Prerequisite(s): [(HUM 200-299)]
Lecture: 3 Lab: 0 Credits: 3
Satisfies: Communications (C), Social Sciences (S)
SSCI 378
The Triple Helix

This course explores government-led research and development (R&D) collaboration across government research institutes, private firms, and universities. This "triple helix" model originated in the 1980s in Japan under the technocratic model, was quickly taken up by Germany, the UK, and the US, and is responsible for the success of innovations ranging from the integrated circuit to household hydrogen production. But, why does it work, and is it always an ideal policy choice? In other words, should private firms be left alone to innovate or should they be coupled with the public sector?.

Lecture: 3 Lab: 0 Credits: 3
Satisfies: Communications (C), Social Sciences (S)
SSCI 380
International Development

This course reviews multidisciplinary perspectives on international development over the last century. It includes a survey of social science theories of development and parallel shifts in the definition of development and development approaches. The role of development stakeholders is also addressed. Topics may include international aid, environmental sustainability, migration, investment, and resources. The course aims to provide students with the necessary knowledge to critically evaluate the successes and failures of current development policies.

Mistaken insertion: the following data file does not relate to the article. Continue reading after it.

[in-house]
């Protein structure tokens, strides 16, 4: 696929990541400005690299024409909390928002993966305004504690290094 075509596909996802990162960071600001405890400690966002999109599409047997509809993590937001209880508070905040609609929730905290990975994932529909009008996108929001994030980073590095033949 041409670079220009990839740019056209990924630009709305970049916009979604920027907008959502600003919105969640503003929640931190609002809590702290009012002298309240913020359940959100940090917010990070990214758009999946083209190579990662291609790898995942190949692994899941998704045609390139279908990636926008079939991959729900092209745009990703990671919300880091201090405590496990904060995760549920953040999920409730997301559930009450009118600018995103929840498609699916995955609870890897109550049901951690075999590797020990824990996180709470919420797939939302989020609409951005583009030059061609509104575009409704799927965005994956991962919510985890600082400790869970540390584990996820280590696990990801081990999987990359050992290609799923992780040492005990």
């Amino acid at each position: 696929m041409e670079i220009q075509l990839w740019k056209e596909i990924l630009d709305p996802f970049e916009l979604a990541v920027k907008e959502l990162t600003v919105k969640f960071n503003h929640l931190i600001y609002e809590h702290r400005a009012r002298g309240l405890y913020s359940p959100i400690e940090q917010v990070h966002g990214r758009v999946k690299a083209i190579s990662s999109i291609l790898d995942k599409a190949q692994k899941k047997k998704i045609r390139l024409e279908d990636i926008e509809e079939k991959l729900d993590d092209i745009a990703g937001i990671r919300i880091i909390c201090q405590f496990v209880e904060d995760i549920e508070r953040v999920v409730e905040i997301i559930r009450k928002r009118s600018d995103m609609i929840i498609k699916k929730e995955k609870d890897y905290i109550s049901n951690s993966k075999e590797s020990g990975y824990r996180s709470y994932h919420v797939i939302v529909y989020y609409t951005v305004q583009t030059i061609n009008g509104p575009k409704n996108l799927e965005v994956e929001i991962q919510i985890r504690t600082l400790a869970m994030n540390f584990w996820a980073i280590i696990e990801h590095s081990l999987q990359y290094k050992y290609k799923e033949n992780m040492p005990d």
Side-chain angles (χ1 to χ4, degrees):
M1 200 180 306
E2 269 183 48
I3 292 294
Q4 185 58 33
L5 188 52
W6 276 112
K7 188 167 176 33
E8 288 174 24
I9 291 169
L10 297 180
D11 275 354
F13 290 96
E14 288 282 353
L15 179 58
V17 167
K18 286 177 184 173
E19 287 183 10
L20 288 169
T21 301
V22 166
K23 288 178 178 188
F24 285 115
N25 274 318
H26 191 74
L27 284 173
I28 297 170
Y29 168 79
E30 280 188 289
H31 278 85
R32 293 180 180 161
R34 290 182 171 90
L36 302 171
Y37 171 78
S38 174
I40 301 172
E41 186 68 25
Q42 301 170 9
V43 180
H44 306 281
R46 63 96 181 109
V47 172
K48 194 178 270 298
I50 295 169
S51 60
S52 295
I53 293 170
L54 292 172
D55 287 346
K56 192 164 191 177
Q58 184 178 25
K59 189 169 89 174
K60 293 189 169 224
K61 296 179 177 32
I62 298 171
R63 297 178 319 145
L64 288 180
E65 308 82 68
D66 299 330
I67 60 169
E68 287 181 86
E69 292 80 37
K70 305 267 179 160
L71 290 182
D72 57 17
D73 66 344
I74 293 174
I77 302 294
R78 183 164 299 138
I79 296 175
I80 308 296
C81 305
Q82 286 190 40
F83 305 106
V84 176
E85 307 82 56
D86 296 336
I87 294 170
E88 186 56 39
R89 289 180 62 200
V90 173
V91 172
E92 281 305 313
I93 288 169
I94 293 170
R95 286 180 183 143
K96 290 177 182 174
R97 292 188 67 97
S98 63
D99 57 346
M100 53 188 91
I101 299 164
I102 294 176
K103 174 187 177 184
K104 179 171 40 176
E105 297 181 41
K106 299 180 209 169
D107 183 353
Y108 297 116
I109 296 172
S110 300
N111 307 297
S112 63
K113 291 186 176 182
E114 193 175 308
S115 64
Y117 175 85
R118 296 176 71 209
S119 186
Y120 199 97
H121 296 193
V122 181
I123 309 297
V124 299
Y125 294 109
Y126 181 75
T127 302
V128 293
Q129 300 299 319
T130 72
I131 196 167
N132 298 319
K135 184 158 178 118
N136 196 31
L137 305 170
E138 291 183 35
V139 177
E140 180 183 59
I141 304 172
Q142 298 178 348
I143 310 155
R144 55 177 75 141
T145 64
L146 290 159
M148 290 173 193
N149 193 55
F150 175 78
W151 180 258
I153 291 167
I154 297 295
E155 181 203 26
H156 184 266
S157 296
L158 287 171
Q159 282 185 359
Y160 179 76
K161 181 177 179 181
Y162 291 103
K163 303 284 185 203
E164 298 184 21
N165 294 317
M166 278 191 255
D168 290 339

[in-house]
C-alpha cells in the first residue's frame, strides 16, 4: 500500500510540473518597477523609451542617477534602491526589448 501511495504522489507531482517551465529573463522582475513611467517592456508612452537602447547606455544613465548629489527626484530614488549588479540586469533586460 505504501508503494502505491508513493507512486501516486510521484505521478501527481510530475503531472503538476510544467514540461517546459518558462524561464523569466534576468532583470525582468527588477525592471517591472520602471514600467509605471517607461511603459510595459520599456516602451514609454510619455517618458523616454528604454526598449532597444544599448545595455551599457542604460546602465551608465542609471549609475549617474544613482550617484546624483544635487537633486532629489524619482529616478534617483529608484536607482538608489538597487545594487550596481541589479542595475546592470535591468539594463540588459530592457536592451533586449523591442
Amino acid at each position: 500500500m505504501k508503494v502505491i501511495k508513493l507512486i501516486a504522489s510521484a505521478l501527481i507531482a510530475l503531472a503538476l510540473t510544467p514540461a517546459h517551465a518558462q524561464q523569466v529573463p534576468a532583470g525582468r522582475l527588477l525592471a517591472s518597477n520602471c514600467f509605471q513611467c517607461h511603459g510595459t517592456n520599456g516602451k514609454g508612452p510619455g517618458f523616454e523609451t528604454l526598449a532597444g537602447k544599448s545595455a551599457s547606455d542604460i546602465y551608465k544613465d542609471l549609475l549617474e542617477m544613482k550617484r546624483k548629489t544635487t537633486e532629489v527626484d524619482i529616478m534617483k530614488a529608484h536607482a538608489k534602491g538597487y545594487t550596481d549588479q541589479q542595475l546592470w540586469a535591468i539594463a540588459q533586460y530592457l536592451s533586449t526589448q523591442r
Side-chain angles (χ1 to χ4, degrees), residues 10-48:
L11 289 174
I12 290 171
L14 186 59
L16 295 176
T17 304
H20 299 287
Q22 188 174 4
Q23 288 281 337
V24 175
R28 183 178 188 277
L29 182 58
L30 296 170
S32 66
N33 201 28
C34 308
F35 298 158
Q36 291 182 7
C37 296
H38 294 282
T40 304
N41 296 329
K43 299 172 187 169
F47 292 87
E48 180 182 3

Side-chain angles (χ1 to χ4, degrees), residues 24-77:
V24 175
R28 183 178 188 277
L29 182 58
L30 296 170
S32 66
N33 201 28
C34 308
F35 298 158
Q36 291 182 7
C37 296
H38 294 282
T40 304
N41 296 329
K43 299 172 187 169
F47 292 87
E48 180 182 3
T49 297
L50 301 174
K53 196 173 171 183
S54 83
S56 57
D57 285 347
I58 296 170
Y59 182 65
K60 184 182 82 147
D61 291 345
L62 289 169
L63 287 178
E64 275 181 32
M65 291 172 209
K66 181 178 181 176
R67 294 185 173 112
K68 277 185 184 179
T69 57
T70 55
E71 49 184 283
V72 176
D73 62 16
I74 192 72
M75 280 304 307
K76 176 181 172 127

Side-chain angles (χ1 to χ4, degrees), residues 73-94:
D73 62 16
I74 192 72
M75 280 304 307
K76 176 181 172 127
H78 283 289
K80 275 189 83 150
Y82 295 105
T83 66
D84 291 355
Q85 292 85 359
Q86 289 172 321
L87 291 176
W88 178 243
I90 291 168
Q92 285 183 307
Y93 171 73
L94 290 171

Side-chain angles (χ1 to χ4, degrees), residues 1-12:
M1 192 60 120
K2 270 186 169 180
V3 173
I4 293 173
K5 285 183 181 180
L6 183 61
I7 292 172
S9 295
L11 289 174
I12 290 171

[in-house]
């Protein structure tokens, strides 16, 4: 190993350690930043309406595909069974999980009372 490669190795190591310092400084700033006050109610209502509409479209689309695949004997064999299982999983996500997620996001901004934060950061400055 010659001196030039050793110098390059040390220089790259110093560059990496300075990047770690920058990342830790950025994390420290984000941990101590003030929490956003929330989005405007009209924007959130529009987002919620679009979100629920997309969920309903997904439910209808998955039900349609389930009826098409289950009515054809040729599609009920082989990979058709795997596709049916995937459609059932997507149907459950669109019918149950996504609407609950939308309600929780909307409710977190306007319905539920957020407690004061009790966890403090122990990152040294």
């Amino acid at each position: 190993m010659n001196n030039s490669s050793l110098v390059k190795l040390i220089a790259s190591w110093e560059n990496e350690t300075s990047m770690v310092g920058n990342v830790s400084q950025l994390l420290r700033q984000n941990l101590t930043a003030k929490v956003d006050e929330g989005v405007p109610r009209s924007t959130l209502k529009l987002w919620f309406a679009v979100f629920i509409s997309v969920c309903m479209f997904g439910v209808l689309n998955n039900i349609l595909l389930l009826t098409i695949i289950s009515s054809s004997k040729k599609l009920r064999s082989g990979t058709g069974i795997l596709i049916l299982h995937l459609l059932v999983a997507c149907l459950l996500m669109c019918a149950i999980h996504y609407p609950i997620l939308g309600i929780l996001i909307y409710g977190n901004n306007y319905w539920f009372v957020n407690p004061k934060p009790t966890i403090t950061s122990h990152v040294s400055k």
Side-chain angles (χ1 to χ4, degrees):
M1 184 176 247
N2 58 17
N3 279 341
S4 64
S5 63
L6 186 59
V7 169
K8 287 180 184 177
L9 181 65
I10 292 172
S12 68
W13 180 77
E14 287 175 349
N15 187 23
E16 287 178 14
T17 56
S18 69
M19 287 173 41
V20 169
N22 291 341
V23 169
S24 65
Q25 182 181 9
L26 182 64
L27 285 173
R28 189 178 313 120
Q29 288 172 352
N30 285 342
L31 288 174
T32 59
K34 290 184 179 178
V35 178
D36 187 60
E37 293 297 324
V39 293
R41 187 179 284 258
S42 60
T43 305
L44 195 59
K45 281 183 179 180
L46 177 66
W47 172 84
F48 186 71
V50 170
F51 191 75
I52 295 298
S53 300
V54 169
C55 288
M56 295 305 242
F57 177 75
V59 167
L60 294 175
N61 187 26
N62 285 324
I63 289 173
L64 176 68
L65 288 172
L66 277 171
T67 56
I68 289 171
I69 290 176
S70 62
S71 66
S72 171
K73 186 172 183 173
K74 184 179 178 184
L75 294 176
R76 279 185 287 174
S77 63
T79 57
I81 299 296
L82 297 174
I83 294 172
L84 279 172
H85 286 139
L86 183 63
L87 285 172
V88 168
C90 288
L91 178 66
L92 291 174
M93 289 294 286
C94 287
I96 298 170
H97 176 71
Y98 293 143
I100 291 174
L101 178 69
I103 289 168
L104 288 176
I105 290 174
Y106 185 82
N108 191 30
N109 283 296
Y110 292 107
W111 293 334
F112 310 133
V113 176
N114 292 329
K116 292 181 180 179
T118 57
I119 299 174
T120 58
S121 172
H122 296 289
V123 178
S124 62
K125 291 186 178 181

Prerequisite(s): [(HUM 200-299)]
Lecture: 3 Lab: 0 Credits: 3
Satisfies: Communications (C), Social Sciences (S)
SSCI 385
Special Topics

Investigates an interdisciplinary topic of current interest in the social sciences. Course may be taken multiple times provided the topic is different each time.

Prerequisite(s): [(HUM 200-299)]
Lecture: 3 Lab: 0 Credits: 3
Satisfies: Communications (C), Social Sciences (S)
SSCI 387
Fieldwork Methods

This course is designed to provide students with the opportunity to work on a real-world project that is or will be taking place "in the field."

Lecture: 3 Lab: 0 Credits: 3
Satisfies: Social Sciences (S)
SSCI 422
Complex Organizations

Introduces students to the significant theoretical frameworks that have emerged over time to describe and explain public and non-profit organizations as well as organizational actors and actions. The seminar includes consideration of relations between organization and its environment, the importance of inter-organizational networks, and the role of power in organizational life.

Prerequisite(s): [(Social Science Course 300-399)]